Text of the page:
The idea of making cheese at home is one of those beautiful things which you never really appreciate until you actually do it.
Paneer is a type of cottage cheese (non-matured) that is popular in India and practically every other place where Indians live, especially among vegetarians. We just can’t get enough. It has quickly become a staple ingredient in dishes on menus in underdog vegetarian restaurants all over the UK.
The devotion we feel for this decadent cheese could be likened to the omnivore’s appetite for meat. Paneer is packed with protein and is fairly healthy as far as cheeses go, so don’t feel bad for once in a while binges. I won’t tell if you don’t.
Paneer is also famous for making delicious a whole load of otherwise boring dishes. Palak Paneer, Paneer Makhani, Chilli Paneer, Mutter Paneer, Paneer Butter Masala, Shahi Paneer, Paneer Jalfrezi and Saag Paneer to name a few. I will stop there before I drool all over my keyboard and lose all functionality.
You can use this recipe to make all of the above dishes, plus a huge range of others. Your imagination is only restricted by itself. If you are making a curry, remember to press the cheese under weights firmly so that you can cube it without it falling apart. Having said this, I quite like it when the paneer is a little misshapen, utterly homemade and almost melting in the sauce. Note: Paneer is a non-melting cheese but I had to mention that when it is immersed in a great sauce it becomes so soft that it almost tastes half-melted. Slurp. This is the advantage homemade paneer has over shop bought. Indeed, shop bought is great if you want a firmer texture for your dish.
You can also crumble the fresh paneer and use it in samosas, spring rolls, shammi kebabs, kofta and lots of other tasty things, including desserts. Watch this space.
I’m hoping to post a few more dishes that you can make with your homemade paneer in the near future.
If you don’t want to use your paneer straight away, you can refrigerate it for up to a week (wrapped up well) or in the freezer for a couple of months. Also, I like to keep a couple of shop-bought blocks of paneer in the freezer for those pesky cravings.
Homemade Paneer: How to make Paneer at Home
(makes 3 cups)
116 fl. oz. (6 pints) full fat milk
¾ cup (220ml) lemon juice
1. In a large, non stick saucepan heat the milk on a very low heat until boiling (see Step 1). Note: Heating the milk on a high flame will almost certainly burn the entire bottom of your pan. I find that rubbing the pan with a little oil before adding the milk (and using a non-stick pan) reduces the risk of burning the hell out of your beloved cookware. Stir the milk often to stop it settling at the bottom of your pan. If, by chance it does settle and burn, do not scrape the burnt gunk off. It will ruin your cheese. And your mood.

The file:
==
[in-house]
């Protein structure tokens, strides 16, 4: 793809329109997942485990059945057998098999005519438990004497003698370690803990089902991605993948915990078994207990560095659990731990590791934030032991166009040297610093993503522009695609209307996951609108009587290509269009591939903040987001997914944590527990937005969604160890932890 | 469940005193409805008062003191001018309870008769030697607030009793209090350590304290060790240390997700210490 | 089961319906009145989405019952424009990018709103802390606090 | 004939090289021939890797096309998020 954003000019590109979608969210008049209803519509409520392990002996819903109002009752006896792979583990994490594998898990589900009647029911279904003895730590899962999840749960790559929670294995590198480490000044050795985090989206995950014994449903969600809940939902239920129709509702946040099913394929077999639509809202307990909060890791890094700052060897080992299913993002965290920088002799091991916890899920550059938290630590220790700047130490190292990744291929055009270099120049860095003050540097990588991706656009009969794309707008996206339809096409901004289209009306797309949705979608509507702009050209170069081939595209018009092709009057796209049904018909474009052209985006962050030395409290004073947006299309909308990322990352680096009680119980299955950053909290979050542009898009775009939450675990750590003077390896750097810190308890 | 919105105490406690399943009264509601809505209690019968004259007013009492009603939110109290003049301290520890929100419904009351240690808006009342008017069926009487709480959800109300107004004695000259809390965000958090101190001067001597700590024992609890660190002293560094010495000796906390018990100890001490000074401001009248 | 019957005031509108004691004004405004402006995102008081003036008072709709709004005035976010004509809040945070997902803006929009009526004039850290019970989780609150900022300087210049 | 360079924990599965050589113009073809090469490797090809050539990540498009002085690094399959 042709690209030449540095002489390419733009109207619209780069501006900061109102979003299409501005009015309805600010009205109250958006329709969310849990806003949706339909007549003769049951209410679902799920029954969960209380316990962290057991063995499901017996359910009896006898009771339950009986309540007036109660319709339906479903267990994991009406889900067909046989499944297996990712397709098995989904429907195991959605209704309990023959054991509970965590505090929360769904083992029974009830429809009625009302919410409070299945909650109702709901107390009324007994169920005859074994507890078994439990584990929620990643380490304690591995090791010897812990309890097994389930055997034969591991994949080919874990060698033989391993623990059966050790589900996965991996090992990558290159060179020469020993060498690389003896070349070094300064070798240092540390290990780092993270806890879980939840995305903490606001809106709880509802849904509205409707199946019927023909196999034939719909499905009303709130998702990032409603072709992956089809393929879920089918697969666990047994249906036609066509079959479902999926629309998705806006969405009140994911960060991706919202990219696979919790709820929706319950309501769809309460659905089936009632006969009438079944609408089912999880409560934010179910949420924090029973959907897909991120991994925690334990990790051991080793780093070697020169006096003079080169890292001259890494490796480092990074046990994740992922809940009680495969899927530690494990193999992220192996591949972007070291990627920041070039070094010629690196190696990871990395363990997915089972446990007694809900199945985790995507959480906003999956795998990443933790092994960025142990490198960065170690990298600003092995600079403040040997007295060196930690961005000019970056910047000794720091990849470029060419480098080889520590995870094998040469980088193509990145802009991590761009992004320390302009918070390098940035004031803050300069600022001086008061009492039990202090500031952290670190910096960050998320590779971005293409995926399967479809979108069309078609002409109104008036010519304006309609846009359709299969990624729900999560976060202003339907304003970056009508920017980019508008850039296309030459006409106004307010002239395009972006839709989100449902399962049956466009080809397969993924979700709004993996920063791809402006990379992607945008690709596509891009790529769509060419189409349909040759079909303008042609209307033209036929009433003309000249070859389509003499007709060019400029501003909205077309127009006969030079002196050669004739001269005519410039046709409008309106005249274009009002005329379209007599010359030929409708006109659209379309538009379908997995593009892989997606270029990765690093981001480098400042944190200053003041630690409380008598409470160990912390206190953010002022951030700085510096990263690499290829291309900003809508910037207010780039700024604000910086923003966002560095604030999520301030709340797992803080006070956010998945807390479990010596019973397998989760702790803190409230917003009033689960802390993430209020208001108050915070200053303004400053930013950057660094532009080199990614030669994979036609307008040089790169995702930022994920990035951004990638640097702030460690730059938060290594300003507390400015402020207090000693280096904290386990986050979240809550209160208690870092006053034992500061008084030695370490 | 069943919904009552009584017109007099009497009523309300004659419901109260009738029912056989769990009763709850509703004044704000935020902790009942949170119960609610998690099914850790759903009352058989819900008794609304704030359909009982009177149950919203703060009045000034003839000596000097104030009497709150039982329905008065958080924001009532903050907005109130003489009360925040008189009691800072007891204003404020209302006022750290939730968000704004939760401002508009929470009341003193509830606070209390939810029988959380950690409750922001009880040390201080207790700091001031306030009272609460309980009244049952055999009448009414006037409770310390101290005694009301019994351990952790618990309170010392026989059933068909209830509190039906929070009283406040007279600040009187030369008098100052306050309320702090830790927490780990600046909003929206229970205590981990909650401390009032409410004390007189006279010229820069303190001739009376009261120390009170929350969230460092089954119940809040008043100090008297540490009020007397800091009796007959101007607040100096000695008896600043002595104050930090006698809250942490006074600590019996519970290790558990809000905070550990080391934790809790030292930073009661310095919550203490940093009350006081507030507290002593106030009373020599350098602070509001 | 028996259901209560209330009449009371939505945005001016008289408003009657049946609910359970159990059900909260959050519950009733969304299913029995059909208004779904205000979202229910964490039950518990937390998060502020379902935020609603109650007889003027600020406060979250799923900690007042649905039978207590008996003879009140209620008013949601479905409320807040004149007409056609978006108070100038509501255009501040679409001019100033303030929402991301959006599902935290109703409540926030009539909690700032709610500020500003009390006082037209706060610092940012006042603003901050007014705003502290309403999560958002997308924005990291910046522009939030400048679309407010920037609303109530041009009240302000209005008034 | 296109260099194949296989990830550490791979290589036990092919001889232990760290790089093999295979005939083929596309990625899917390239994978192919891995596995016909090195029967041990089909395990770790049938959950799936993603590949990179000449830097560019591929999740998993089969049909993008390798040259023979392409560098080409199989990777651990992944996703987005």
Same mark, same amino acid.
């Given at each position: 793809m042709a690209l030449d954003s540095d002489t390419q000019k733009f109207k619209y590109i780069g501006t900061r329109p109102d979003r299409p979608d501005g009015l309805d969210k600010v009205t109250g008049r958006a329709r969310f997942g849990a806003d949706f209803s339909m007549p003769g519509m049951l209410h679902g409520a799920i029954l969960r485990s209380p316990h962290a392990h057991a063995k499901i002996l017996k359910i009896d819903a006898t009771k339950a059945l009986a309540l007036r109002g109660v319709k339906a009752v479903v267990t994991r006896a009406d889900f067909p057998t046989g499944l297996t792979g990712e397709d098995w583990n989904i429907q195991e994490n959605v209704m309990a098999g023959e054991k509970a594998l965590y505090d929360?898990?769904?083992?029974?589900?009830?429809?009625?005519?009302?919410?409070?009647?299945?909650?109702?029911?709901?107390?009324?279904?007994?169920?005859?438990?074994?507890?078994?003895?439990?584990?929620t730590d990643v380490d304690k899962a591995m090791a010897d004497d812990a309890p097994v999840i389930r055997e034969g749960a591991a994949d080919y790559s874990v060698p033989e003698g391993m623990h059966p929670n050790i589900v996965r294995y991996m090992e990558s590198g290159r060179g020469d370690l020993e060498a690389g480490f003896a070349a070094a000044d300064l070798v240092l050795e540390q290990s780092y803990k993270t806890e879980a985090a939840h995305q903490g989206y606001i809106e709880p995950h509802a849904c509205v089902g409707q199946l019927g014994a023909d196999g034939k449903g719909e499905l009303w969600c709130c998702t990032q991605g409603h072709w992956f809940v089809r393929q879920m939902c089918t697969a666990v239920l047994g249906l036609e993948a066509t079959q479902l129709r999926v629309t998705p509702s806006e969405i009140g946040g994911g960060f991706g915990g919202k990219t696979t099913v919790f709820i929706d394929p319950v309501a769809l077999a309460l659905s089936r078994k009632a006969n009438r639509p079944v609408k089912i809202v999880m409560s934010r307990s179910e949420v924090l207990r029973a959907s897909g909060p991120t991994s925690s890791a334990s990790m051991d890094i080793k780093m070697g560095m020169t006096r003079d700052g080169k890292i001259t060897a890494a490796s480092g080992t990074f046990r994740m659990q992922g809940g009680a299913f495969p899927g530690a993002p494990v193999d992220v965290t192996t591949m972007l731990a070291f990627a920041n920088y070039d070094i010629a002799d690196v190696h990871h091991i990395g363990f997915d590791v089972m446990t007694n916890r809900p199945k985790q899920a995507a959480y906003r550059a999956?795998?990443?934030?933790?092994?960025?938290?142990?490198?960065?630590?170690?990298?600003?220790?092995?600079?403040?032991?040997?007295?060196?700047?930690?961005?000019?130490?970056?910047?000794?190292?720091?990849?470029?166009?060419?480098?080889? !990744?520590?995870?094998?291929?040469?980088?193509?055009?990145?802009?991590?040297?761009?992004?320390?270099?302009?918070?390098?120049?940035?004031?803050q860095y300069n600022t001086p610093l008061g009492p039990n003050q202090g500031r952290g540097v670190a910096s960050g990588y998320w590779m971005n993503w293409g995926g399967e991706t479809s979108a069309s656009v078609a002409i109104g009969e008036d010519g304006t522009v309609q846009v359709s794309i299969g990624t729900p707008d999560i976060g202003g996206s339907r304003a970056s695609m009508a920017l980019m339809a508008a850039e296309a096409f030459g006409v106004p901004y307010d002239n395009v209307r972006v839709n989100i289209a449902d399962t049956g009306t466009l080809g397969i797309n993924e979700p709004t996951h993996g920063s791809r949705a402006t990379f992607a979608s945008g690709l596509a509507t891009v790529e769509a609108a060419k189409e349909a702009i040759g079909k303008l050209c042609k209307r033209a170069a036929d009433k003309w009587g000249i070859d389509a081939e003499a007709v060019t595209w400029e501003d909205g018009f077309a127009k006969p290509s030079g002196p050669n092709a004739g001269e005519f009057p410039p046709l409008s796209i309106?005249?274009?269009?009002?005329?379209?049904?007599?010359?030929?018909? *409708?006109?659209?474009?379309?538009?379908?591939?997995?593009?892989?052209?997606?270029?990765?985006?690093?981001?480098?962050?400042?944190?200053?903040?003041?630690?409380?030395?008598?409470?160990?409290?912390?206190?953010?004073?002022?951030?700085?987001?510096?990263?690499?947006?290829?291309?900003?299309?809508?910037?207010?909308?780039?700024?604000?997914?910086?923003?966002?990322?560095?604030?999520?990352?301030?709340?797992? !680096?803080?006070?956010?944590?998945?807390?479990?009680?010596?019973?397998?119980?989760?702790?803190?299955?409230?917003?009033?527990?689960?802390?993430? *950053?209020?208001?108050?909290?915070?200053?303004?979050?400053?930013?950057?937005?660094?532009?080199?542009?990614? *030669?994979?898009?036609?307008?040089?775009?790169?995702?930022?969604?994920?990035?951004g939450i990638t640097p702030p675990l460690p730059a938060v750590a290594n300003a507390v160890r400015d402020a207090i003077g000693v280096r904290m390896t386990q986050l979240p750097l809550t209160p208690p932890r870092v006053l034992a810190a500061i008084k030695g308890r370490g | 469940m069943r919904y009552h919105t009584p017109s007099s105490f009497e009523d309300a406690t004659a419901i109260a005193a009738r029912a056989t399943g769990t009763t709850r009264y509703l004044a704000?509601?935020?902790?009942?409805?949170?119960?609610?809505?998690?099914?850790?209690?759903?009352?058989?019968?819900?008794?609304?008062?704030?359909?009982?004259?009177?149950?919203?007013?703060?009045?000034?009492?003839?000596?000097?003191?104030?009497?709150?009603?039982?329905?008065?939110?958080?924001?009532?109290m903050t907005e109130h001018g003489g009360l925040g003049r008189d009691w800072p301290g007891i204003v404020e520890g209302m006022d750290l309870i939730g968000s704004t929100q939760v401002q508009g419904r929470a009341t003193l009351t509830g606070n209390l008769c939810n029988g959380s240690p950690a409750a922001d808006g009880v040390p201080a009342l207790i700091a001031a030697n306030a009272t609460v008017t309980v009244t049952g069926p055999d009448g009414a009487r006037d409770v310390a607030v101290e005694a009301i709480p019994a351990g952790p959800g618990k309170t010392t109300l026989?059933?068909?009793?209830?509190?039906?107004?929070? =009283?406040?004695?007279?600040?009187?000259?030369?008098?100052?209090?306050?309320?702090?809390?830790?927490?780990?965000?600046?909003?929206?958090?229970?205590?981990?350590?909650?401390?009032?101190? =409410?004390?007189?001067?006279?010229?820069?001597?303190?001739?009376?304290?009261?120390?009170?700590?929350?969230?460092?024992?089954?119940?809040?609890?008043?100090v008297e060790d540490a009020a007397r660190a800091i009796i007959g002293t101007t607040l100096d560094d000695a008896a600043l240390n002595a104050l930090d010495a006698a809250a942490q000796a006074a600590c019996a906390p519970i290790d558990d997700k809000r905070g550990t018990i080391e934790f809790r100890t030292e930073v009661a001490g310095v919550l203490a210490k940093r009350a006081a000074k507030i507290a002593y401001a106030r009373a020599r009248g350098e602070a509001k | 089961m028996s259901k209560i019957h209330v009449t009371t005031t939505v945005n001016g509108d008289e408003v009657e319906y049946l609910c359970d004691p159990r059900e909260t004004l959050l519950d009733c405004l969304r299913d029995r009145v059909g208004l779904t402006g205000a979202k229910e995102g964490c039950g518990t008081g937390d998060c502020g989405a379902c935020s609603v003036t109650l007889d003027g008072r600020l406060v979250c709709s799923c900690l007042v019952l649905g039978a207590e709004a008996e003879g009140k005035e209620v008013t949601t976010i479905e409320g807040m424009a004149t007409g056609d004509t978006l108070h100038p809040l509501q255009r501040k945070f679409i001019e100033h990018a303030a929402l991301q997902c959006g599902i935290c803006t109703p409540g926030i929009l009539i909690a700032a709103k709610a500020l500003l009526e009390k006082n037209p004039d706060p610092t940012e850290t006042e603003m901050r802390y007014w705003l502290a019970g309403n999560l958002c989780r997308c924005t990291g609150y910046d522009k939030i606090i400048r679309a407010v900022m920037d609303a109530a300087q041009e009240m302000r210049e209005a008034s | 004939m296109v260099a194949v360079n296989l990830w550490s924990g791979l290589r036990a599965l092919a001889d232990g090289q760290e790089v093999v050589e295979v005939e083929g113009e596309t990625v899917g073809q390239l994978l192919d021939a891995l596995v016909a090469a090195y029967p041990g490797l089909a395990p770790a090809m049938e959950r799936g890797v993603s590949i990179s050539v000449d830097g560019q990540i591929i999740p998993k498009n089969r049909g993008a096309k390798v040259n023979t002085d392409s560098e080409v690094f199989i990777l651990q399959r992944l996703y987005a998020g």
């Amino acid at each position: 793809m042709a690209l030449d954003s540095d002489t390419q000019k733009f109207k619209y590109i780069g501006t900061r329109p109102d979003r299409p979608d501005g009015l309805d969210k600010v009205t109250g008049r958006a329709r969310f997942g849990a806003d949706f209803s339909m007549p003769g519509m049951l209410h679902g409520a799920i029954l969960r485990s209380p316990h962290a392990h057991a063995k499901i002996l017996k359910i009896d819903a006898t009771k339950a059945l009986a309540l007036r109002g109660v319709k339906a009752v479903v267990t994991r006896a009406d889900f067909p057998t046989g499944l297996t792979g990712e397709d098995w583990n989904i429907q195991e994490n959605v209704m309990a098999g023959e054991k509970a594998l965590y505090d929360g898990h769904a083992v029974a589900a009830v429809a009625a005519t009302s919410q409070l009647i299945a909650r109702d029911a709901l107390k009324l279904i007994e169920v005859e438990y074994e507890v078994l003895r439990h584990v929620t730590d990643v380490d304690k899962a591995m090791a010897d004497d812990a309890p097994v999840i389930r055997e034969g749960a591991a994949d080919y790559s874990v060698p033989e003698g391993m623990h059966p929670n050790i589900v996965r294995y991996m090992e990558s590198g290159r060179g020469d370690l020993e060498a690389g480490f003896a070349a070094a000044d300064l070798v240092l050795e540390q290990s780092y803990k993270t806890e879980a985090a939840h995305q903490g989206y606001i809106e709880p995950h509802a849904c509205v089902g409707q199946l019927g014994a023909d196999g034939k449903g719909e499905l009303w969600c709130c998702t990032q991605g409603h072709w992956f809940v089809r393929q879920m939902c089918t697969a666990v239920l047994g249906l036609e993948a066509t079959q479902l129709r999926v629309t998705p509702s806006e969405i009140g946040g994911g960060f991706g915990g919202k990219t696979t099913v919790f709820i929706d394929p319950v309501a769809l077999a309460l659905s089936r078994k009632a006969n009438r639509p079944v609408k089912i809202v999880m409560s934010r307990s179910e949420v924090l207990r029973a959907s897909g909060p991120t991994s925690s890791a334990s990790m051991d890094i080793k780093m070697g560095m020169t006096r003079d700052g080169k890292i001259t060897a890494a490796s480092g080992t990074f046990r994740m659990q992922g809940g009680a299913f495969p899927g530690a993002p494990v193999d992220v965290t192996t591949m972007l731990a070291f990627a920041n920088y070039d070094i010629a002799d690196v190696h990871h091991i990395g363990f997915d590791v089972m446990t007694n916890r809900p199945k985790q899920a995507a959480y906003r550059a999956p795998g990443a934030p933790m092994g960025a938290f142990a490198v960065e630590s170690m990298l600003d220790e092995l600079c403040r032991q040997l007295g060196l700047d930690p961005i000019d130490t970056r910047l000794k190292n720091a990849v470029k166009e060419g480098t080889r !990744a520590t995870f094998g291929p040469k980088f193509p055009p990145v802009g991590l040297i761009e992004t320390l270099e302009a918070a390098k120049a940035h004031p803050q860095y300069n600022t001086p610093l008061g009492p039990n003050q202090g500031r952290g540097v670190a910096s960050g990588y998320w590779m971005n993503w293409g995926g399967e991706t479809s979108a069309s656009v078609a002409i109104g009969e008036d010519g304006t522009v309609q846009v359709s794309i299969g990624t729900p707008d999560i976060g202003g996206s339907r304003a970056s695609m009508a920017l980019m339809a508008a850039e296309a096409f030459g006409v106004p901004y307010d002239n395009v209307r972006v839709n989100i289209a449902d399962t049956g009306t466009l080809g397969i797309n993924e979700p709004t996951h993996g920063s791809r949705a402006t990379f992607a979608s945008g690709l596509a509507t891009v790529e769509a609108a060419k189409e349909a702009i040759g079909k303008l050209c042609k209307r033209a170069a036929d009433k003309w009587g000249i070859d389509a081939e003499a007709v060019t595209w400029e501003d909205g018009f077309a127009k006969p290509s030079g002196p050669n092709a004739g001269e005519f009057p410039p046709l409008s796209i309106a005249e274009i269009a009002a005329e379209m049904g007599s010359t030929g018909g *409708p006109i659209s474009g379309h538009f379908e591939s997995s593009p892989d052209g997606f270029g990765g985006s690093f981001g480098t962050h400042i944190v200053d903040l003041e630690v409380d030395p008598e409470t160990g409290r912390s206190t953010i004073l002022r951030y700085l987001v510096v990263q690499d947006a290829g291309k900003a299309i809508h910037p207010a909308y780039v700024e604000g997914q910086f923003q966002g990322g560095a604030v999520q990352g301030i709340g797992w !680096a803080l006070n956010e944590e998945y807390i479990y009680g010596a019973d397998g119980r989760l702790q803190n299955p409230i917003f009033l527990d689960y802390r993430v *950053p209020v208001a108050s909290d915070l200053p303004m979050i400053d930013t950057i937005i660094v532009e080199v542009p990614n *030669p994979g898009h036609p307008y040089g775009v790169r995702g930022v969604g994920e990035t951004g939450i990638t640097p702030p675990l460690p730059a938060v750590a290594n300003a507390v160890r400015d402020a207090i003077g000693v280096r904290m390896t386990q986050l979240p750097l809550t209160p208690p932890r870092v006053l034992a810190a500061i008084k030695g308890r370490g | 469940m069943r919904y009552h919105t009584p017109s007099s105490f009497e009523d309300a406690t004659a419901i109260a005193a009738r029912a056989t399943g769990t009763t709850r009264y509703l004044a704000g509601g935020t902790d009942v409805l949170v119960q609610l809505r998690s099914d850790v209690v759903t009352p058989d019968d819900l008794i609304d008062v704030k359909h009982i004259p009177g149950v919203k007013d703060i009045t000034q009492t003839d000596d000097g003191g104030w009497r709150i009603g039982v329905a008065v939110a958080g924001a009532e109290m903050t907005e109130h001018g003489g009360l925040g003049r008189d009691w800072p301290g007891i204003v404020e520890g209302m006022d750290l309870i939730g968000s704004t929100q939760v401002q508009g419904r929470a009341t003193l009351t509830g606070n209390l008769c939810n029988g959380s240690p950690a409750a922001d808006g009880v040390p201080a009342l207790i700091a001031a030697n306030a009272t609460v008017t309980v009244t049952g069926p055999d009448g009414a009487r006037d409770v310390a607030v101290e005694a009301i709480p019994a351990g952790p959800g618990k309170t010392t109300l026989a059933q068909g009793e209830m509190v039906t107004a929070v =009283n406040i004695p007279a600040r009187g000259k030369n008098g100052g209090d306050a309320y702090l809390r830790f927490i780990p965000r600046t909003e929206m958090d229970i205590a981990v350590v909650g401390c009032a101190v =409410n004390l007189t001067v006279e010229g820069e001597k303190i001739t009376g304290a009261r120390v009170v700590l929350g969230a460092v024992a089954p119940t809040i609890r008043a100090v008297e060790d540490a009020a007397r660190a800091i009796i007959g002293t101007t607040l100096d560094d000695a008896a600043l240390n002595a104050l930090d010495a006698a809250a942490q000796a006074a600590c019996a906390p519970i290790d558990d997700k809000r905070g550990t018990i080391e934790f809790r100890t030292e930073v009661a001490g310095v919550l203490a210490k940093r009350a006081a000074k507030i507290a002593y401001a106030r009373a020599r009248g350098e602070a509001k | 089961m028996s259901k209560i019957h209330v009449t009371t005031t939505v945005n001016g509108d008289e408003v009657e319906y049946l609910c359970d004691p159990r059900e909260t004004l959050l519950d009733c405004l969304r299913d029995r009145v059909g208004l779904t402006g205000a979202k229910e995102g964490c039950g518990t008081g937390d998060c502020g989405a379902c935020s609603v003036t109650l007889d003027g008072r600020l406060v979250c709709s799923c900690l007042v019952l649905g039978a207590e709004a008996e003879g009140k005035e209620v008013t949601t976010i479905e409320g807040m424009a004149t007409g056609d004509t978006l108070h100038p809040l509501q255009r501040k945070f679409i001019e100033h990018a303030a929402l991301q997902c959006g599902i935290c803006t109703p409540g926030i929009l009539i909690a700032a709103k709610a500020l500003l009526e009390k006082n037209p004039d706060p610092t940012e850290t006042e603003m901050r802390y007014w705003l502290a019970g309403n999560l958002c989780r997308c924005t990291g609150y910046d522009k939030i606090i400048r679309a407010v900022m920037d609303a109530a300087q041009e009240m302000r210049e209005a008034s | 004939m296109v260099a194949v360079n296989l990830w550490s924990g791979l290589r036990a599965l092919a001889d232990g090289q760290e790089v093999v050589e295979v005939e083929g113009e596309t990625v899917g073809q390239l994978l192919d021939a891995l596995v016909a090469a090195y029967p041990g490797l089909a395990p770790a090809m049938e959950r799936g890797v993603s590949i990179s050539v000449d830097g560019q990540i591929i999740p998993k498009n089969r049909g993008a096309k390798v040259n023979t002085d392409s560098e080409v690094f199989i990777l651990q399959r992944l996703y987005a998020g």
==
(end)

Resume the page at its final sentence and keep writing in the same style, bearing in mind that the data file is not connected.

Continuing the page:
2. Place a clean cheesecloth in a colander (Step 2) and put the whole thing in an empty sink.
3. When your milk is boiling hard, add the lemon juice and briefly stir. Leave it for a couple of minutes until all of the curds separate from the whey (Step 3). I love this part, it’s like seeing a beautiful yet ugly otherworldly miracle. Let this settle for five minutes or so.
4. Tip the contents of the pan into the cheesecloth over the colander. You could save the whey to curdle your milk next time you make paneer. It will keep in the fridge for months. I like to save it for baking too. If you’re a busy person then let it drain away.
5. Give the curds a good rinse under the cold tap to rise away any excess acidity.
6. Pick up the cheesecloth and squeeze out most of the water (Step 4). Be careful, it can be very hot.
7. Place a plate or bowl under your colander (to catch the whey) and lots of weight on top of the cheesecloth for at least an hour for a crumbly paneer, or longer for a firm paneer (Step 5). My object of choice was a really heavy mortar. You can use whatever you like. Not the dog or your spouse, mind you.
8. Unwrap and enjoy your fresh, homemade cheese. Crumble it, cube it and create with it.